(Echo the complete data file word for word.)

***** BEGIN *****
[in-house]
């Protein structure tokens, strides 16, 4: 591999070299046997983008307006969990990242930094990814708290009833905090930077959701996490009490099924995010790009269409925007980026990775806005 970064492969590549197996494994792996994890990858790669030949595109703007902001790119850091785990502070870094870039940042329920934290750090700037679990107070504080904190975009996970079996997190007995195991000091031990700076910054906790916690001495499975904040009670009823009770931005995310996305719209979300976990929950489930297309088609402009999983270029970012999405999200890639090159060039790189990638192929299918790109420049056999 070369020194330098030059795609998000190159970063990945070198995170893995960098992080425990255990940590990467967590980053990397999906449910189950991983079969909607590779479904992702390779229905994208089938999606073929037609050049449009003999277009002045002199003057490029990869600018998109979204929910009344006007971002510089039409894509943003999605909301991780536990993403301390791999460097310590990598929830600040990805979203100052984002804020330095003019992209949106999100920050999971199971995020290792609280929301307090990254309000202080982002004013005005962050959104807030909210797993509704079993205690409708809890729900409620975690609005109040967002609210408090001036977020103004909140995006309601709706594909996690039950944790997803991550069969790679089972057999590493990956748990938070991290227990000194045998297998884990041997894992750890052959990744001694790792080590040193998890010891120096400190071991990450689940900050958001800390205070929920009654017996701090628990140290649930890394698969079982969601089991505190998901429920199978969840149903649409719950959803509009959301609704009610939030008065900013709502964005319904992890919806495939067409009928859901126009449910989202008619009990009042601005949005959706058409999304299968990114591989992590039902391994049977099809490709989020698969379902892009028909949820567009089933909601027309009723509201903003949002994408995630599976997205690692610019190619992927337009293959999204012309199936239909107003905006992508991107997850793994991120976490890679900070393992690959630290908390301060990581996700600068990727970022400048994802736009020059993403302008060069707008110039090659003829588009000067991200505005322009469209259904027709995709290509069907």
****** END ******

[in-house]
């Protein structure tokens, strides 16, 4: 591999070299046997983008307006969990990242930094990814708290009833905090930077959701996490009490099924995010790009269409925007980026990775806005 970064492969590549197996494994792996994890990858790669030949595109703007902001790119850091785990502070870094870039940042329920934290750090700037679990107070504080904190975009996970079996997190007995195991000091031990700076910054906790916690001495499975904040009670009823009770931005995310996305719209979300976990929950489930297309088609402009999983270029970012999405999200890639090159060039790189990638192929299918790109420049056999 070369020194330098030059795609998000190159970063990945070198995170893995960098992080425990255990940590990467967590980053990397999906449910189950991983079969909607590779479904992702390779229905994208089938999606073929037609050049449009003999277009002045002199003057490029990869600018998109979204929910009344006007971002510089039409894509943003999605909301991780536990993403301390791999460097310590990598929830600040990805979203100052984002804020330095003019992209949106999100920050999971199971995020290792609280929301307090990254309000202080982002004013005005962050959104807030909210797993509704079993205690409708809890729900409620975690609005109040967002609210408090001036977020103004909140995006309601709706594909996690039950944790997803991550069969790679089972057999590493990956748990938070991290227990000194045998297998884990041997894992750890052959990744001694790792080590040193998890010891120096400190071991990450689940900050958001800390205070929920009654017996701090628990140290649930890394698969079982969601089991505190998901429920199978969840149903649409719950959803509009959301609704009610939030008065900013709502964005319904992890919806495939067409009928859901126009449910989202008619009990009042601005949005959706058409999304299968990114591989992590039902391994049977099809490709989020698969379902892009028909949820567009089933909601027309009723509201903003949002994408995630599976997205690692610019190619992927337009293959999204012309199936239909107003905006992508991107997850793994991120976490890679900070393992690959630290908390301060990581996700600068990727970022400048994802736009020059993403302008060069707008110039090659003829588009000067991200505005322009469209259904027709995709290509069907």